Hope this helps.

11 YEAR BUILD OF CHAMPIONSHIP WINNING FORD 460 WITH CJ HEADS AT 16:1 COMP SINGLE CARB 1550 CFM, MAX CUBICH INCH 476, 900+ DYNO'D HP
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post #22 of 44 (permalink) Old 09-02-2008, 09:32 PM
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Frankie, those are the popular overbores. Some blocks after sonic testing have been shown to go to 4.5" bores. Sleeving is always a way to fix also, and usually results in a stronger hole than the as cast bores. If you ruin a sleeved bore, you can make a couple of passes with a MIG welder and slide the old out and cool a new sleeve and slide it in for a quick fix. Sleeving of more than one or two bores and you should start to look for a new block, as cost becomes prohibitive. Exceptions are factory 4 bolt blocks that have value, or A460 blocks that are spendy to begin with. Sonic testing by a person with knowlege of the Ford blocks is the only way to tell if there is enough room for more bore. My D9TE block in my truck sonic tested to a safe 4.5 bore. It is at 4.42 now so I have a couple more bore jobs left in it. 4.44 and 4.5 are left, both are common shelf pistons.

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post #23 of 44 (permalink) Old 09-02-2008, 11:47 PM
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Quote:
Originally Posted by Blue Thunder
you can always have the block sleeved.

You would want to look at how bad the damage is and if the current block you are using at the time has enough money and modifications put into it, to warrant not just buying a new eliminator etc..

Hope this helps.
Quote:
Originally Posted by schmitty
Frankie, those are the popular overbores. Some blocks after sonic testing have been shown to go to 4.5" bores. Sleeving is always a way to fix also, and usually results in a stronger hole than the as cast bores. If you ruin a sleeved bore, you can make a couple of passes with a MIG welder and slide the old out and cool a new sleeve and slide it in for a quick fix. Sleeving of more than one or two bores and you should start to look for a new block, as cost becomes prohibitive. Exceptions are factory 4 bolt blocks that have value, or A460 blocks that are spendy to begin with. Sonic testing by a person with knowlege of the Ford blocks is the only way to tell if there is enough room for more bore. My D9TE block in my truck sonic tested to a safe 4.5 bore. It is at 4.42 now so I have a couple more bore jobs left in it. 4.44 and 4.5 are left, both are common shelf pistons.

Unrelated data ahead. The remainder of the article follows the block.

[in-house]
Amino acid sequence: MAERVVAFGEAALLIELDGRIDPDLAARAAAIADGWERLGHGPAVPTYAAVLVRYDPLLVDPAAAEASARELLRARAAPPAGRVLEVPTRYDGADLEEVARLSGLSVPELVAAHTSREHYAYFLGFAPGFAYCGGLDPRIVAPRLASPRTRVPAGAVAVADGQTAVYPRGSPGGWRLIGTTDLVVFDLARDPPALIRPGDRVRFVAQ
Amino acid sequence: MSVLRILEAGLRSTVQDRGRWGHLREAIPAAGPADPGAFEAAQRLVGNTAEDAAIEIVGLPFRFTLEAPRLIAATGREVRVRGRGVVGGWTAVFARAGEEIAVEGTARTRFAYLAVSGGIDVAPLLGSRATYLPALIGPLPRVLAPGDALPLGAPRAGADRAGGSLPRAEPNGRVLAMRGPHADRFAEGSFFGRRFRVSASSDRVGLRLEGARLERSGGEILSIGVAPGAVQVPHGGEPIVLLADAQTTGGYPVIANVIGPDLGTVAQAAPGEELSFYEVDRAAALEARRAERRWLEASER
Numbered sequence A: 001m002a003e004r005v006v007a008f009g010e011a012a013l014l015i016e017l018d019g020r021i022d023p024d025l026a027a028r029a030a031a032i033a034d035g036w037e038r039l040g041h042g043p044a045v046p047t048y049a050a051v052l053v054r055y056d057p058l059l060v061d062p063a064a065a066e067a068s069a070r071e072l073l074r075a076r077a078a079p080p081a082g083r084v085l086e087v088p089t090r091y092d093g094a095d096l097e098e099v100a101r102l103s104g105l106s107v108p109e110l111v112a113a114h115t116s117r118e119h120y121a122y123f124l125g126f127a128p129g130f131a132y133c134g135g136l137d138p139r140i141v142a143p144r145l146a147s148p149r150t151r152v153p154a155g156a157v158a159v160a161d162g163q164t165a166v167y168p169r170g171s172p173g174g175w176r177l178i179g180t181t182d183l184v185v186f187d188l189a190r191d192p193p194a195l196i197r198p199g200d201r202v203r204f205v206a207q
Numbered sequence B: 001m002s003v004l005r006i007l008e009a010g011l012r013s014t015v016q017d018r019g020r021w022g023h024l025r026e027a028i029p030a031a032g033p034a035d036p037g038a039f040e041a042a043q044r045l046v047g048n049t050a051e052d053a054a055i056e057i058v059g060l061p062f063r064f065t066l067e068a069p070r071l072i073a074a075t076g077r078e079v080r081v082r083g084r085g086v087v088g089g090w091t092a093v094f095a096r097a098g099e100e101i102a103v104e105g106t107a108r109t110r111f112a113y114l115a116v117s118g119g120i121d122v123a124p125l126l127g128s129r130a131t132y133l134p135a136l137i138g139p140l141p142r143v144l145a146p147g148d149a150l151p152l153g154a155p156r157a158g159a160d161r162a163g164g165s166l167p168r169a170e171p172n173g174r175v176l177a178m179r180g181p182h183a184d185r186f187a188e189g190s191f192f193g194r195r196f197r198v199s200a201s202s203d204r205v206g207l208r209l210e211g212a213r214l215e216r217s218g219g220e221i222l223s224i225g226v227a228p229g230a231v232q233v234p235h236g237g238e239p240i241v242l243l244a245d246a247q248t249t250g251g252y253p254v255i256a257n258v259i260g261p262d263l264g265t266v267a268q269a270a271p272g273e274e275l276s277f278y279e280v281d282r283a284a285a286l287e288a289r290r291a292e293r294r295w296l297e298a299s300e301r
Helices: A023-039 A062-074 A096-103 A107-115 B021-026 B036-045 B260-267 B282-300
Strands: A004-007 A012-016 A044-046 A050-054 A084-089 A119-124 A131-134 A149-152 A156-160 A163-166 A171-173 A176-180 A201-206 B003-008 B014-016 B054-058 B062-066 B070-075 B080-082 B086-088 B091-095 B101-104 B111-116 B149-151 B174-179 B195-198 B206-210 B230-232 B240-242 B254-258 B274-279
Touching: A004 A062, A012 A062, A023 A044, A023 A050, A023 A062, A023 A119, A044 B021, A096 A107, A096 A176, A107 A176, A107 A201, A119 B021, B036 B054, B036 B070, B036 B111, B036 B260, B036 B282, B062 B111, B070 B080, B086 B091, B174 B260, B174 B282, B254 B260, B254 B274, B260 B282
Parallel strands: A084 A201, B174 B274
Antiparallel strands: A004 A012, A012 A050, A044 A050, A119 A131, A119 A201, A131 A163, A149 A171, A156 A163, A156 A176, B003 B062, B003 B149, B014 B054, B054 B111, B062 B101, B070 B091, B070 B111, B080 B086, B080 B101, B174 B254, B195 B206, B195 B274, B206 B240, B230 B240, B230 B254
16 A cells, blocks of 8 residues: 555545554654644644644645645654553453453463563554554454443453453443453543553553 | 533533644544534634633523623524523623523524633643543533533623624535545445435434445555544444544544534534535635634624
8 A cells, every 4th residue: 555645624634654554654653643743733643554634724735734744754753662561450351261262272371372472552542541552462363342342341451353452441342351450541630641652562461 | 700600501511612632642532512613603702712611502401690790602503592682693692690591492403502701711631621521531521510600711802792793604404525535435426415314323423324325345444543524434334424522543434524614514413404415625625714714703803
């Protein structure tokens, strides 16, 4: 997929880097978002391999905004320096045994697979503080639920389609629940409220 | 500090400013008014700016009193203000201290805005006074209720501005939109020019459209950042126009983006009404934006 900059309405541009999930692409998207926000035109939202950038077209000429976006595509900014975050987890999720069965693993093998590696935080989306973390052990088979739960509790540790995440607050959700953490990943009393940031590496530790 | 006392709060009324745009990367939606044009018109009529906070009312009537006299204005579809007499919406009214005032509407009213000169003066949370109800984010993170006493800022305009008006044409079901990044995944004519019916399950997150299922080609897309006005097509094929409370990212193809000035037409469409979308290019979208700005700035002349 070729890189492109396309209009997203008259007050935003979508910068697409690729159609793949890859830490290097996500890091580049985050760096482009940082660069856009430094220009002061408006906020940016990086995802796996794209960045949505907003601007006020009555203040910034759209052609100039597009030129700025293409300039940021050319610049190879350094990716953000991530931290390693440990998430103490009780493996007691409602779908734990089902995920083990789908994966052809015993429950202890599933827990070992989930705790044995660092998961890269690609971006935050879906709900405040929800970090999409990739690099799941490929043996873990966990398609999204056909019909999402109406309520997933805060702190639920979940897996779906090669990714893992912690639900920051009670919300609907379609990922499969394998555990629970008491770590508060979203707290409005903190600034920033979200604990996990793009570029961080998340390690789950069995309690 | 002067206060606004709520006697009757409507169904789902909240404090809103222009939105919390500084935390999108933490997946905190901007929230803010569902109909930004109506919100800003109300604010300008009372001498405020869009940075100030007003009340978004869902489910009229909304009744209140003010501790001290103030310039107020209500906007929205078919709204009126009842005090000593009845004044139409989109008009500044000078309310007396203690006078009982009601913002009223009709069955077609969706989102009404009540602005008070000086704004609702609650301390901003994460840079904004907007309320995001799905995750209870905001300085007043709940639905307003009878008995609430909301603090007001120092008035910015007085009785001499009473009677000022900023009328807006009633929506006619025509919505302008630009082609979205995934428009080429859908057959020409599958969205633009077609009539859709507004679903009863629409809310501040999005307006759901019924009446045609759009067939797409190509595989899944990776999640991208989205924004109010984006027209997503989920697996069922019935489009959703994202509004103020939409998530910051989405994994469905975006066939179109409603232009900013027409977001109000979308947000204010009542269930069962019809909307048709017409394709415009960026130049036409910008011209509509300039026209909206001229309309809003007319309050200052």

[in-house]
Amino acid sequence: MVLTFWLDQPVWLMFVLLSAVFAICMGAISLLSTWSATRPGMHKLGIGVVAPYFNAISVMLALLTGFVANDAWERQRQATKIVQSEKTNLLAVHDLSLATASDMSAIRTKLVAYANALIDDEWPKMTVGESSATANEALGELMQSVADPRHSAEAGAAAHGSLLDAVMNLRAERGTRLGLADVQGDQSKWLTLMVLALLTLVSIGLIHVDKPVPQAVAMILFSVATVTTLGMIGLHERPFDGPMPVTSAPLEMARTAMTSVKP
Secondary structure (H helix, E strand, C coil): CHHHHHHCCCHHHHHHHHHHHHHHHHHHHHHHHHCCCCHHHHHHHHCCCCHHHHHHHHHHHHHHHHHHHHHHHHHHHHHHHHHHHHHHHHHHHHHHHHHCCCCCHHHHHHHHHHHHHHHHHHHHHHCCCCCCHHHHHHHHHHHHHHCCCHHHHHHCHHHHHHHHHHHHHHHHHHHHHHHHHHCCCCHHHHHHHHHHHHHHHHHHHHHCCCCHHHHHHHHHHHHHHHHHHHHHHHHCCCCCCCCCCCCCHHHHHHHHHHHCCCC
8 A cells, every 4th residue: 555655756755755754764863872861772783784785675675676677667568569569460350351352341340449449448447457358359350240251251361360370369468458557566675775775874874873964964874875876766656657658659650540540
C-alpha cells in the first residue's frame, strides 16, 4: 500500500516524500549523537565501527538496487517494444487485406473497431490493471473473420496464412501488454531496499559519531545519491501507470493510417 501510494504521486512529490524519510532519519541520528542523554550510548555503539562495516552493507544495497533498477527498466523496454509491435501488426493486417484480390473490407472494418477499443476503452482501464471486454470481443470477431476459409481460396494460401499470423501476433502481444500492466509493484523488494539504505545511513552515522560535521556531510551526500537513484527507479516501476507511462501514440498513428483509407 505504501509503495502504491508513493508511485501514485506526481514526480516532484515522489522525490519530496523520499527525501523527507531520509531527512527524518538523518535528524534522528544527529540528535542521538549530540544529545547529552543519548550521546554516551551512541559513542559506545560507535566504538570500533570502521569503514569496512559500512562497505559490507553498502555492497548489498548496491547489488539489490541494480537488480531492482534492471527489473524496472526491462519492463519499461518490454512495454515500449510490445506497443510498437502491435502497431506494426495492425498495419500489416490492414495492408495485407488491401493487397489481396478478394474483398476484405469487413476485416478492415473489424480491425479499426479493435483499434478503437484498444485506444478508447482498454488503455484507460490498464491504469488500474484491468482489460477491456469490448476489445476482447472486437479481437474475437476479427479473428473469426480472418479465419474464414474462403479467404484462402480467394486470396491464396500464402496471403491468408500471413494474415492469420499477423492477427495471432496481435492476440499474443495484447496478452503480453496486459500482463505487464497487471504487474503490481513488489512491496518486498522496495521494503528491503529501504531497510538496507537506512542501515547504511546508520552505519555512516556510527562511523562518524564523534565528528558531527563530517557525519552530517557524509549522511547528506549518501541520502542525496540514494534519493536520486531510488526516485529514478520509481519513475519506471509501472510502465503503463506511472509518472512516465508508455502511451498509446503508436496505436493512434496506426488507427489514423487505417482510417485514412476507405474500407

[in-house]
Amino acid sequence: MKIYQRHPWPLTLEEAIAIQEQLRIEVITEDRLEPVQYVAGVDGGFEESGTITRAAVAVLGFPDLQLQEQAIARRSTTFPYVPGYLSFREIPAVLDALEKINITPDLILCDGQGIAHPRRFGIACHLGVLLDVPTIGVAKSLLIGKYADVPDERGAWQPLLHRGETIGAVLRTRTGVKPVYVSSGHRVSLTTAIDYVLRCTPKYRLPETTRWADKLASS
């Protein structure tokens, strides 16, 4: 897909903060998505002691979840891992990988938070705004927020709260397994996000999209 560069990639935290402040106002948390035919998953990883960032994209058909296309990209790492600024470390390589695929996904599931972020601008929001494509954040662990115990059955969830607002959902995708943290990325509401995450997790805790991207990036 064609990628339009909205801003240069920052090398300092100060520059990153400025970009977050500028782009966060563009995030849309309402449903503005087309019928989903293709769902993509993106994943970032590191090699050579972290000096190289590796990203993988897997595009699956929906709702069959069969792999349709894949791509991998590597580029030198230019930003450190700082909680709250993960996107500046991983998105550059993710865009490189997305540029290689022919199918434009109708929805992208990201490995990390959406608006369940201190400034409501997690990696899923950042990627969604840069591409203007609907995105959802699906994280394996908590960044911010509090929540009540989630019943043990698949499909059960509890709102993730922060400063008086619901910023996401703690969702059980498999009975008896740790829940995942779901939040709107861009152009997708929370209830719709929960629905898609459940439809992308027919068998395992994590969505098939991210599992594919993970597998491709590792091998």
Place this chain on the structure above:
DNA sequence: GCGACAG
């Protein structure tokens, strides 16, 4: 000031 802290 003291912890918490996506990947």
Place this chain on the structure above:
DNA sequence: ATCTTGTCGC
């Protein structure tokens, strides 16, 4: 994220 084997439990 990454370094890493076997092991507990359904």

Thanks guys, that was very helpful info! Heres another one for you Lets say I go .080 over, is the power potential of the block compromised at that bore? How about 4.5 with a tested block? Also what is a safe power/RPM level for a good production block?

I'm looking into building something big for a street truck.
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post #24 of 44 (permalink) Old 09-03-2008, 12:01 AM
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If you want BIG go with an A460 block which can go 4.625 bore. 632ci is easy. Not cheap but easily done. Factory blocks are tough, but everything has limits. I would go aftermarket if you want to get wild. You can do 800hp in a factory block and it will be OK but everything depends on how you abuse it and what rpm level you are shooting for. Cap walk is what normally ruins these blocks, everything else seems to hold up fine. Don't kid yourself, 800hp is a lot more than most people have ever tried to drive, and steering is usually done with the right side loud pedal. My 552 is around 600hp and it would be wicked on the street.